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The Lucky One

It was really cold in NYC this weekend. Most of the little Upper East Side dogs were decked out in full coats that matched their collars, some even had booties. I spotted a couple of Italian
Greyhounds looking forlorn and trembling on their leashes. They weren’t
interested in a walk in the park on this day – they just wanted to go home to
their warm condos.

But cold as I was, I didn’t have the option to retreat. I
had come to run in the Colon Cancer Challenge with my friend Seton – a lifelong
marathon runner just finishing her second round of chemotherapy. She was in
high spirits – and laughed at my joke that this was the first race in which I’d
have a “snowball’s chance” of keeping up with her.  You see, I’d always wished I could be an
athlete – but the best my genes could do is prepare me to pull the plow. So I
plod along, hoping for the day when I’ll be invited to join a caber toss – and
actually have a chance of doing something I might be good at.

But I digress.

So thousands of runners took to the 4 mile course – and as I
looked around I doubted that too many of them were actively taking chemotherapy
like Seton. She was bound and determined to run at least half of the way, and
had been training for it between IV infusions of very toxic drugs.

Seton’s husband was beaming with pride as he photographed
her at the start gate. I had vowed not to leave her side, no matter what the
pace… She had about 20 other friends who had joined the race as well and a
small handful stayed with us for the entire time. Amazingly, Seton was able to
run 3 of the 4 miles, her hands cramping in the cold, her thin legs carrying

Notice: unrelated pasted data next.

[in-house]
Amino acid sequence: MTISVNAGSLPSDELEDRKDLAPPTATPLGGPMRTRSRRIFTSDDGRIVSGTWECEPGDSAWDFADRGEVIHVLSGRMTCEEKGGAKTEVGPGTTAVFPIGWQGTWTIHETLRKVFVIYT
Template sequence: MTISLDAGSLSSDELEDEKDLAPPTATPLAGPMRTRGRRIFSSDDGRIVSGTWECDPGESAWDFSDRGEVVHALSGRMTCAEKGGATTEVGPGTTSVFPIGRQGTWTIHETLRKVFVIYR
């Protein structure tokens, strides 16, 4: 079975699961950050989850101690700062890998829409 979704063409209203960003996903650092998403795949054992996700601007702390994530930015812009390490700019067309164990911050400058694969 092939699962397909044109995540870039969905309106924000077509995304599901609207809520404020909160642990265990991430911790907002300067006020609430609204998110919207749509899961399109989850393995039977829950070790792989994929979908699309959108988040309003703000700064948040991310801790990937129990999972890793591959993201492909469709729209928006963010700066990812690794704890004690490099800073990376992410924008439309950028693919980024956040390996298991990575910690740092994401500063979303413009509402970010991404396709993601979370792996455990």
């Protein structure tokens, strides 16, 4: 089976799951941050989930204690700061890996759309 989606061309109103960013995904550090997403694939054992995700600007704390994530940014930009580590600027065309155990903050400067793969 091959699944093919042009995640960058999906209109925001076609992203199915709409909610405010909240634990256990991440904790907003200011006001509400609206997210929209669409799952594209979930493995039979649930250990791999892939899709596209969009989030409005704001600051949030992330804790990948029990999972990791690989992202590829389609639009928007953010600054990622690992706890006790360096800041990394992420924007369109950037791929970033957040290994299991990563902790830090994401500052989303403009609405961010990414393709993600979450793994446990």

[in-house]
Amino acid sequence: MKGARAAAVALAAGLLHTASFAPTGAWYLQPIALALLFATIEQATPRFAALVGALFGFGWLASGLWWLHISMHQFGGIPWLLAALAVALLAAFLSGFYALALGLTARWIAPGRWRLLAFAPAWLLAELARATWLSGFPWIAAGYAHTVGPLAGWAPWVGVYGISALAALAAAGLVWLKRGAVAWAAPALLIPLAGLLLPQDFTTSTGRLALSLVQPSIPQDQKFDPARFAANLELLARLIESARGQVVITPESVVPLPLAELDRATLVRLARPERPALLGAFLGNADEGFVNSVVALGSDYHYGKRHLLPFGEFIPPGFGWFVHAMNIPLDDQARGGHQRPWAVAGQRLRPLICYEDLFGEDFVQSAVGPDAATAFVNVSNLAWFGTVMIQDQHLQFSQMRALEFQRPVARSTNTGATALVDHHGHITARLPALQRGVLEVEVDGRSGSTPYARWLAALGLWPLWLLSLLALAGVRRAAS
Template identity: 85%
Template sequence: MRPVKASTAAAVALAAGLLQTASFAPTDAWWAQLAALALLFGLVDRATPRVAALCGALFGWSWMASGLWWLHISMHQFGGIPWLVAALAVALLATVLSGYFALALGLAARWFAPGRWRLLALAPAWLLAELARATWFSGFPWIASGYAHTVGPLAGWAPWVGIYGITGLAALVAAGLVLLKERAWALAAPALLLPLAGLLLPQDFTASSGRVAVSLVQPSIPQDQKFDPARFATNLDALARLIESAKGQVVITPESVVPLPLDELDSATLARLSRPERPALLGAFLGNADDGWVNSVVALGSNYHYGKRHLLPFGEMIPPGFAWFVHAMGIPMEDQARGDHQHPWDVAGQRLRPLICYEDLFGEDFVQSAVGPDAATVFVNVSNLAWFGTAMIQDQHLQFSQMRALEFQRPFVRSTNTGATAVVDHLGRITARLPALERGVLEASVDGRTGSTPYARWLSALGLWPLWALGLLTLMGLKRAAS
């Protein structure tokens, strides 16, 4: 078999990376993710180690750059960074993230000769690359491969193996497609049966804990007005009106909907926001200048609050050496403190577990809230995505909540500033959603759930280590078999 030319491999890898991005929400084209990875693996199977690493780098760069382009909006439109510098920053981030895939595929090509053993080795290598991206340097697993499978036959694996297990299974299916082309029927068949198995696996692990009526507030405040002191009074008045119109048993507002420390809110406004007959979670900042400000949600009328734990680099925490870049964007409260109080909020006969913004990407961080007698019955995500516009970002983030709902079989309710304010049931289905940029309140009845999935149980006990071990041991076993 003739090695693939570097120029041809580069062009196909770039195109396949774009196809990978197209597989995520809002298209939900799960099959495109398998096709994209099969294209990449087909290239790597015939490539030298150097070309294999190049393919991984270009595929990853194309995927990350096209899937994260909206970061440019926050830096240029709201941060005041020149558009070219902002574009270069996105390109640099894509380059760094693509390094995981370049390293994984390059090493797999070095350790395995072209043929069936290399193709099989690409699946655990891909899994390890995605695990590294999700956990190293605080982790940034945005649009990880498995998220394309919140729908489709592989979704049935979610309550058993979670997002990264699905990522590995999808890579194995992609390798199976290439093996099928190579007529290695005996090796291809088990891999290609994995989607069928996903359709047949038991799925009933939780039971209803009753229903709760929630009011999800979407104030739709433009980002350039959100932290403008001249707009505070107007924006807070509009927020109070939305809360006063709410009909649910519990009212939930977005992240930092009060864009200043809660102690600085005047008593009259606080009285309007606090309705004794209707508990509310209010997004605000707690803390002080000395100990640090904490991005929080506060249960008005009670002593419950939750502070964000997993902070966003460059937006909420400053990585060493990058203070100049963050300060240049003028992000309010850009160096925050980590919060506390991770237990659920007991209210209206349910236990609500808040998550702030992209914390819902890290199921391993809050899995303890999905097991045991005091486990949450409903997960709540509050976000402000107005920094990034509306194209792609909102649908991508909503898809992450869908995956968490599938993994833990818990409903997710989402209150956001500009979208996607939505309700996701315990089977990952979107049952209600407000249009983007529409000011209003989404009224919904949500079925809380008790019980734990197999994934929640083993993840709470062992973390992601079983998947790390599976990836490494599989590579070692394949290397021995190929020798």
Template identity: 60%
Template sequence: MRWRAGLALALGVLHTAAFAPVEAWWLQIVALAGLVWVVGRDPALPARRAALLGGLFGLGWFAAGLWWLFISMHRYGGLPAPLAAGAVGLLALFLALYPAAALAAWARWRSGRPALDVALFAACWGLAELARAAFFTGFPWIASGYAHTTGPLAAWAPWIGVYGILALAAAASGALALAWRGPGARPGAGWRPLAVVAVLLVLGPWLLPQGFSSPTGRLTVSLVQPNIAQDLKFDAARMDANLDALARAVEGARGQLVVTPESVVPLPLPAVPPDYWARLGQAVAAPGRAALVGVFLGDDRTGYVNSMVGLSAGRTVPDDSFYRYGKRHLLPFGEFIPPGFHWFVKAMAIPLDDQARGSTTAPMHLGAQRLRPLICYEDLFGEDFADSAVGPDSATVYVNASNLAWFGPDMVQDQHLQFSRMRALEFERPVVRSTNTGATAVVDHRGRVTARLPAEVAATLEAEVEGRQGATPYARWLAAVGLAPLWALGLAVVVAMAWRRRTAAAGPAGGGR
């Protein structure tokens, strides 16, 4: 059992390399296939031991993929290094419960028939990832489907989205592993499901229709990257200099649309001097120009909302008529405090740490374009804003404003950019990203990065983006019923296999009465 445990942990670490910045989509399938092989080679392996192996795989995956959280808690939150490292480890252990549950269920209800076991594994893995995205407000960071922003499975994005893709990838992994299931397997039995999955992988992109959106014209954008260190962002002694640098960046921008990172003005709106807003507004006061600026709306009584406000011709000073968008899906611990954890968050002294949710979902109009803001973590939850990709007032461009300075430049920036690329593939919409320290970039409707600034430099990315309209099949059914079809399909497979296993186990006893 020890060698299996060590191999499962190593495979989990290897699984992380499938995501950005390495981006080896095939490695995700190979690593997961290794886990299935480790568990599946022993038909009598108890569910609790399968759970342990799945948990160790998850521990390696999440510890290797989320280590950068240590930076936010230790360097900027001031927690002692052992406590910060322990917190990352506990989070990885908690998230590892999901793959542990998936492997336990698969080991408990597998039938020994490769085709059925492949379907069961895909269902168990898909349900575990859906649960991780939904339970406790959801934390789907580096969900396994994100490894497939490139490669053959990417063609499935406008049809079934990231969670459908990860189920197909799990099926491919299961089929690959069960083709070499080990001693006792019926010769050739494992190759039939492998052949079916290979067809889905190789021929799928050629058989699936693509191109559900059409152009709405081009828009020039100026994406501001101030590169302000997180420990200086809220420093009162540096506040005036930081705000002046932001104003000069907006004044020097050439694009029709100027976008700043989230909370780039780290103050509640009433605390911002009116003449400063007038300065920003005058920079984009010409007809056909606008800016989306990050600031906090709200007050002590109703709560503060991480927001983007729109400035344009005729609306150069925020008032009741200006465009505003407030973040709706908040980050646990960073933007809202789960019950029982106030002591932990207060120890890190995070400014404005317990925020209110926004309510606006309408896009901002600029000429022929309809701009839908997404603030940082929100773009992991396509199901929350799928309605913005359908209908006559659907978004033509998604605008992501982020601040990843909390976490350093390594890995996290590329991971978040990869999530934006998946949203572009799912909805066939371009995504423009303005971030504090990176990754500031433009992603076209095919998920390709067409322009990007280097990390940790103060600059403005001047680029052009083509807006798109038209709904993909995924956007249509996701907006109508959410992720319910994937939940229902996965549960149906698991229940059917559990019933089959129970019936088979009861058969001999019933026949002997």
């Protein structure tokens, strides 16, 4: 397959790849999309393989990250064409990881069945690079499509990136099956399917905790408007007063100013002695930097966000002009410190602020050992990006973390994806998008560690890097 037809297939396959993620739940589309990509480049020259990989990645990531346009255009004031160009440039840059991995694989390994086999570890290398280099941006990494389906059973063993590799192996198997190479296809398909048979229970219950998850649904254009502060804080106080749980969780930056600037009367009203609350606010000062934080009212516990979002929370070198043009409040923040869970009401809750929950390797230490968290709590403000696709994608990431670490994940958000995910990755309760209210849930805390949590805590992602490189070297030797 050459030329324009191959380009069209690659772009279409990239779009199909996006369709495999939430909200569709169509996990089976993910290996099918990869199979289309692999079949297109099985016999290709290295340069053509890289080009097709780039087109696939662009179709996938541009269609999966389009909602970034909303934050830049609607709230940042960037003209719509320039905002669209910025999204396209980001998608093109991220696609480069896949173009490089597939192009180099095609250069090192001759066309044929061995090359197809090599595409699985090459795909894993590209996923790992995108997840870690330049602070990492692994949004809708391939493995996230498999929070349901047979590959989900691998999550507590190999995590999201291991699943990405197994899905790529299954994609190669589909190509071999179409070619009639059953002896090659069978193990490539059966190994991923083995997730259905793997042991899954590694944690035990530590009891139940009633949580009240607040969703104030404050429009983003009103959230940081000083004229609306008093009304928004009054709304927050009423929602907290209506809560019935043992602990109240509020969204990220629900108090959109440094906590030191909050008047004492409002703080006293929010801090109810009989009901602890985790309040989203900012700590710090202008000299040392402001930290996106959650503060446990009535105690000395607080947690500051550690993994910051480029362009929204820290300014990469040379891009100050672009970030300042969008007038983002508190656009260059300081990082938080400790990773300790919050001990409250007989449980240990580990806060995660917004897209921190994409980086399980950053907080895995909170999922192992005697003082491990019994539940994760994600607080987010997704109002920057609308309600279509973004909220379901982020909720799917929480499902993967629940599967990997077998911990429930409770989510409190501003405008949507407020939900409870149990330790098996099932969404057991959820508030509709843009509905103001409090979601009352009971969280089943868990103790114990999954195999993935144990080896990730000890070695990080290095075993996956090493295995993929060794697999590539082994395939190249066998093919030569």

her tingling feet past familiar landmarks. She held her head high, and never
complained – though it must have been hard for a former track star to watch people
of lesser abilities passing her on the trail. Her friends called her cell
phone every 10 minutes to find out how she was feeling/doing. They didn’t know
that it was so hard for her to even open the phone.

As Seton crossed the finish line, she held her arms up in
the air, as if she were breaking through winning tape. Cameras flashed, people
cheered, and I saw tears well up in her eyes as she tried not to show her
exhaustion. She gathered her friends around her and gave this short speech:

“I want to thank all of you for coming out and supporting me
and the fight against colon cancer today. I can’t tell you how much it means to
me to see all of your smiling faces… Although I certainly had some unlucky news
recently, I want you all to know that when I look at you, my dear friends and
family, I feel like the luckiest woman alive. I am so glad to have you all in
my life. I am truly blessed, and I’m going to beat this cancer with you all by
my side.”

There wasn’t a dry eye among us.This post originally appeared on Dr. Val’s blog at

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3 Responses to “The Lucky One”

  1. rlbates says:

    Good for both of you!!!

  2. NB2 says:

    I could write a novella about the last sentence in your post. Your friend hit the nail on the head.

    Real friends and real family support are a very important part of any treatment plan.

    You are a good friend or as I say a “real friend”.

  3. nobimp says:

    Well done Val and good luck to your friend.  She will beat this cancer with her attitude and the best medical care there is.  You are lucky to be her friend and she is lucky to have you all.


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